Ok, enough philosophizing. Time for an update!

Epic violin album with Dutch producer

During lockdown I managed to link up with a music library in Amsterdam, called Kamikaze Kitty. Tim Spekkens, the director, found me on Instagram (yay, my one lead via Instagram in 5 years!), and he wanted to create a new album that featured epic violin with electronic music production. He put me in touch with one of his frequent producers, Bastiaan Ruitenbeek, and we started chatting. We listened to each other’s music, felt an instant mutual understanding regarding epic music, and found out that we both share a deep love for adventure and landscapes (He lives in Scotland!). Long story short, we have completed a five-track album, featuring my violin melodies, and Bastiaan’s kickass electronic music production.

I’m literally chomping at the bit with excitement at sharing this album on Spotify with you, but it’s only due for release mid May. However, I snuck a little preview onto Soundcloud for you to listen to in the meantime! The album is called Gladiatrix.

Always pivoting

The daily music grind has taken a spot on the bench for a while. I’m sorry, music! But mama needs to make some cash dollah. I’m doing more work in the graphic design, video editing and website design world, and it’s been a relief to work for ACTUAL PEOPLE!! (*dramatic music*). I’ve spent most of my adult life creating my own things. Which has been a lot of fun, and I’m super grateful for the playful space I’ve had to do exactly what I want to do. But it’s also a very lonely world, with no feedback.

Freediving at Beta Beach

That being said, I actively try to create some space in my new routine to still do some playful, creative things. Yesterday I went for a snorkel at Beta Beach (in 12 degree water!) and was utterly enveloped by the magical underwater landscape. The kelp looked like submerged, alien forests, the rocks like majestic, sunken mountains, and the feeling of weightlessness made me feel like I was flying over these vast landscapes. Here’s a little video I made of the underwater world.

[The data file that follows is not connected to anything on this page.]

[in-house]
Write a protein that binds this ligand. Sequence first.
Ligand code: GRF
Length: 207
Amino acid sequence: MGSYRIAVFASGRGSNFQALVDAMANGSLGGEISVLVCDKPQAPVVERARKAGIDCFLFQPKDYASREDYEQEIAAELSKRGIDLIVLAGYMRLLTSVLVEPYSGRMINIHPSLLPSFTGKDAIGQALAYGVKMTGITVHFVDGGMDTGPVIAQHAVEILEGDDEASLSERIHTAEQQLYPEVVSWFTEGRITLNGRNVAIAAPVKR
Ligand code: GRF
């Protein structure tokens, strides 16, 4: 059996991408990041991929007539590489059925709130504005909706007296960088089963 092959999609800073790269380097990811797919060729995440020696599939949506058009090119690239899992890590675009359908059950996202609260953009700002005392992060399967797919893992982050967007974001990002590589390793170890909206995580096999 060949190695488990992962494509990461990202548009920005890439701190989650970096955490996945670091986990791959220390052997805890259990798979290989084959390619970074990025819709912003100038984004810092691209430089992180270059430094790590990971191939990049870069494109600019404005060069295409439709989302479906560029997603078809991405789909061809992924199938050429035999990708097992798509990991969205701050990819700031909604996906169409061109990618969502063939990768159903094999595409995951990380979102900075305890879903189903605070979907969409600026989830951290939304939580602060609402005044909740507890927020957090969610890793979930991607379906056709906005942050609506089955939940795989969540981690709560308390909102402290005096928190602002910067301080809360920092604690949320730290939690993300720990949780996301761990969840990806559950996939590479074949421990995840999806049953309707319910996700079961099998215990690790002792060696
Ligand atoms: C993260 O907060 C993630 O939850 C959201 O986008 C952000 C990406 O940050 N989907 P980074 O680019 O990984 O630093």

If you’re keen to try some snorkeling/freediving, I can point out some great, easy and safe spots to go exploring.

Last thoughts

It’s tough to take a chance at doing something else. There are times when I’m at my laptop doing some “compulsory” design work like a real employee (this is new to me, don’t laugh!), and I’m aching to be somewhere else: on the mountain, in the ocean, doing something adventurous and free. And I’m afraid that that side of me will slowly wither and die. (I said don’t laugh!)

But then maybe it won’t. Maybe what I need to do now is commit to trying something else for a while, to really find out if this is the path to be on. You might lose something, but you kind of need to say no to one thing before you can fully say yes to another, right?

David Whyte puts it beautifully in his interview with Sam Harris: (I'm paraphrasing)

"Whilst your first kind of 'marriage' is a love relationship with another person, your second 'marriage' is with your vocation. And sometimes you need to let go of your vocation, your work, to see if it comes back to you, and in what shape and form it will return."

I've been listening to In this shirt (Royksopp remix) for most of the writing process. It's quite a sound journey, especially if you make it past 4:45.

Thank you for your attention and your support. I hope you find something inspiring today that lifts your spirit for a second or more. Hold onto it, allow it in, and then let it go.

Bye for now